Zur Frage der ästhetischen Inhalt-Form-Relationen in der Musik by Eberhard Lippold

VEB Deutscher Verlag/Breitkopf


Music mirrors mentalities. For theists, it enciphers divinity; For socialists (national or international) it embodies humanity. Thus its meaning can become a mere means, whether for church or state. Harmony and instruments were once anathema because they might render the liturgy inaudible. The Nazi opposition to Schoenberg was nor only anti-semitic but pro-semantic. Marxists too feel that music should sing of social significance. The danger of abuse is manifest; hence no doubt the “bourgeois” flight to the polar extreme of rigorous structural analysis, a practice duly decried by Herr Lipphold.

   He feels that music directly represents objective reality. Useless to ask why it should, or how it can; it just must. This party line is played out for some 40 pages until the main theme is reached thus (my translation):


Inquiry into the relations between content and form is of great interest for Marxist-Leninist aesthetics, and is rightly reckoned one of its central problems. Oddly enough, this problem has nevertheless remained in the background in published work on aesthetics in recent years, in comparison with other questions… In Marxist-Leninist philosophy there is far-reaching agree­ment that there is an indivisible dialectical unity ofcontent and form in all aspects of objective reality as well as ofsocial life. There is no content without its corresponding form, just as there is no form without its corresponding content…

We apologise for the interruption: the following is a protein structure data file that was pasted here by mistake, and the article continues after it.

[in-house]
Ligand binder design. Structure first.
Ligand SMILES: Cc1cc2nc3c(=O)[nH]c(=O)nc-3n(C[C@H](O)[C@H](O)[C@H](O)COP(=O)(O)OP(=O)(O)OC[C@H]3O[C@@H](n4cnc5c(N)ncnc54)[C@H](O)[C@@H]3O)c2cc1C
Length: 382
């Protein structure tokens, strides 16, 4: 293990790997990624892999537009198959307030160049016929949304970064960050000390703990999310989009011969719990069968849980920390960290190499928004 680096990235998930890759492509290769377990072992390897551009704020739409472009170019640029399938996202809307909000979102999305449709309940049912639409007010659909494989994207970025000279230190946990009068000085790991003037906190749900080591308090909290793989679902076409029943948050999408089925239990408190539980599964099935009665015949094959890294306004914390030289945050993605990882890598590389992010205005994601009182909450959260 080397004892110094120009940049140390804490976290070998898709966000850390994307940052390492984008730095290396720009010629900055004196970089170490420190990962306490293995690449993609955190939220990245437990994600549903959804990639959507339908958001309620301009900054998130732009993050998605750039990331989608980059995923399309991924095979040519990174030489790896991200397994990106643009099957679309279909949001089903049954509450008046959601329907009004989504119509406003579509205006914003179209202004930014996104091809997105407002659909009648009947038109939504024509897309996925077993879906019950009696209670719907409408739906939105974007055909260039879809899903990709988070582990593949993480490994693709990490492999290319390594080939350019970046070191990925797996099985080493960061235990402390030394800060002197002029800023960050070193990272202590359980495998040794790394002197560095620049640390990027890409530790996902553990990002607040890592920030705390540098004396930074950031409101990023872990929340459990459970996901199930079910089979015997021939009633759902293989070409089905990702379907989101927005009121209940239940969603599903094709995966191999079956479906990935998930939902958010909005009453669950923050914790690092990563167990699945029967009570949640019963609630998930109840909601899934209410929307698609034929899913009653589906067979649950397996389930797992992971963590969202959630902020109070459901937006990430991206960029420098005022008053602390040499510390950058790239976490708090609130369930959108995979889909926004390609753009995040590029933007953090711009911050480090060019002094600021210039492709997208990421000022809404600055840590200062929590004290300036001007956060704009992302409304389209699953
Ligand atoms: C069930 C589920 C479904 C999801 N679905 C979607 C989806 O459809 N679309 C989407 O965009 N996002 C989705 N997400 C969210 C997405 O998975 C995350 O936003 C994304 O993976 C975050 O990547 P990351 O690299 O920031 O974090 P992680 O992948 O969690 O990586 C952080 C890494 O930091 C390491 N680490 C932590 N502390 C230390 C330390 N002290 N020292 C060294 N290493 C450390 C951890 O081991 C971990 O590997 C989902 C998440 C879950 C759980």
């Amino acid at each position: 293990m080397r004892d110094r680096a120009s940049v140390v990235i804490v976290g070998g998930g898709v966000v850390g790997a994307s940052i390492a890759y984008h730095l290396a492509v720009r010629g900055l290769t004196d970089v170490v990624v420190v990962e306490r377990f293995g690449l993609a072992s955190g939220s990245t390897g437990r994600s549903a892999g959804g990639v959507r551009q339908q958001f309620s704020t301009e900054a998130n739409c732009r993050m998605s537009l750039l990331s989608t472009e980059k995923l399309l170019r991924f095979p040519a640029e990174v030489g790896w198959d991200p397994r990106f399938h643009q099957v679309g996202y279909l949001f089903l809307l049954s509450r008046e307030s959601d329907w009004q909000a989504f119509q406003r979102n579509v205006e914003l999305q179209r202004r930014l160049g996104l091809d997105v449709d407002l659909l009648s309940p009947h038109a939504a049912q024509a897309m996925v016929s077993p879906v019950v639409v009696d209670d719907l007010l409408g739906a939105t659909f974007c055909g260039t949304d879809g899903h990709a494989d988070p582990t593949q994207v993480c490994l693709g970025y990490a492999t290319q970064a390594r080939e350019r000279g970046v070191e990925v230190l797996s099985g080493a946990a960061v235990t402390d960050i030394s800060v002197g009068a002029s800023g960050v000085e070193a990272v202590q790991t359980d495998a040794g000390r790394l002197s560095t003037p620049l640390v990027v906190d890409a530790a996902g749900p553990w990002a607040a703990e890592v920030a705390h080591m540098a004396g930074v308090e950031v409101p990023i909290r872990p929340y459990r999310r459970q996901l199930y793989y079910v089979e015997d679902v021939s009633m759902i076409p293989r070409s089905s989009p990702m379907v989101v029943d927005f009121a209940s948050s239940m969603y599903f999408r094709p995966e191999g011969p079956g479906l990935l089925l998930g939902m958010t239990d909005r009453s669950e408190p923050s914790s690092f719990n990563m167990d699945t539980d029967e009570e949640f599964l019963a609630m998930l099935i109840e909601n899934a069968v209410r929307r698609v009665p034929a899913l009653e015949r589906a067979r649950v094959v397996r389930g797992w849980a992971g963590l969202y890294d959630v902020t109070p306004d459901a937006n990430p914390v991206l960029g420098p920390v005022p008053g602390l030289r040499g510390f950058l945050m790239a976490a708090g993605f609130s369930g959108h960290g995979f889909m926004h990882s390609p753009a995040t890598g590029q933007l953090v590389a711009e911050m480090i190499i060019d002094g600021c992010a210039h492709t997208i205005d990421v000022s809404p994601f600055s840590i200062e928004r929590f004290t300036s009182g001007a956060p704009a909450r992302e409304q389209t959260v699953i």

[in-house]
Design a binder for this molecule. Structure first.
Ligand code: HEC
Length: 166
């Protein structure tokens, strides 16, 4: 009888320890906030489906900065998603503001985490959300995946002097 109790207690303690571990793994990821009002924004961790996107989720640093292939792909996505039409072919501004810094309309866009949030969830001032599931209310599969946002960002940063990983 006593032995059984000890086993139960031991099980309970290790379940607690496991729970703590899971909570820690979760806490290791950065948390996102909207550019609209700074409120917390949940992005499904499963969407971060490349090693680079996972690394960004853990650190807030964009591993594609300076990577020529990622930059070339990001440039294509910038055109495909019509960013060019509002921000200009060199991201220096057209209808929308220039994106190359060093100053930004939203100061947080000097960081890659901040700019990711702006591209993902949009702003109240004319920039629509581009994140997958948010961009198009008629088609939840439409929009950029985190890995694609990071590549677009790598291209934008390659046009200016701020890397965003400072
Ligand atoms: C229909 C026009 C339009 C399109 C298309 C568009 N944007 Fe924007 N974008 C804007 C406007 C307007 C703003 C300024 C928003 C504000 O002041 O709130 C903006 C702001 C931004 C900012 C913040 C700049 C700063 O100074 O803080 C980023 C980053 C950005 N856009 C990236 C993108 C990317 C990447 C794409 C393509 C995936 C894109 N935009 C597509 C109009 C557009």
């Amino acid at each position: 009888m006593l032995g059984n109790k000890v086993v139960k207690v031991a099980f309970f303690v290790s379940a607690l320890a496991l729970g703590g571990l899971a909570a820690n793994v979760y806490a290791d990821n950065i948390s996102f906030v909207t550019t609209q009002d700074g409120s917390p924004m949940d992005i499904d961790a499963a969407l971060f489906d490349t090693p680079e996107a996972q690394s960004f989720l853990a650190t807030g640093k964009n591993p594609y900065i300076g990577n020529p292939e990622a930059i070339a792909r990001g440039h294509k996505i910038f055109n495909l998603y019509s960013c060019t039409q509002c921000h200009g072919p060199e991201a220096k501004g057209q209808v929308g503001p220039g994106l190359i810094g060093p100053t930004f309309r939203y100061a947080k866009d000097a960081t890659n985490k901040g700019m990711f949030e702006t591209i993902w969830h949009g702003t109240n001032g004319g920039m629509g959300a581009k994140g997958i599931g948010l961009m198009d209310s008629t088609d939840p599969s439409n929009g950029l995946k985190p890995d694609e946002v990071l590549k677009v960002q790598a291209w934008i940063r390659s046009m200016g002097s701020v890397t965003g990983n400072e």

Il sounds throughout like a New Statesman competition prize-winning parody of its own style. After 30,000 words of it, I felt as if I had read the same 30 words a thousand times each, not always in any strikingly different order.

   One can discern however, deep down among the dense dark verbiage, a few frail etiolated shoots of original thought. Other Marxists are sharply criticized for over-simplification – from this source, a damaging charge. Even the Soviet school can apparently lose Marx. If the teachers err, no wonder the class struggle. But Herr Lippold finds his best form in arguing philosophically that though Marxist musical aesthetics may be non-existent, it is not therefore non-essential. More than most arts, music is of course shaped by social forces, whether the home circle or the market square; and it might well benefit from a survey by a latter-day Lukacs or Caudwell. The present text’s viewpoint, however, seems too entrenched ever to see the field in perspective. The vast territory of music’s relation to humanity is narrowed down to this one arid tract, which itself resembles life mainly in being both short and dear.


The Musical Times, June 1972 (p. 566) © the estate of eric sams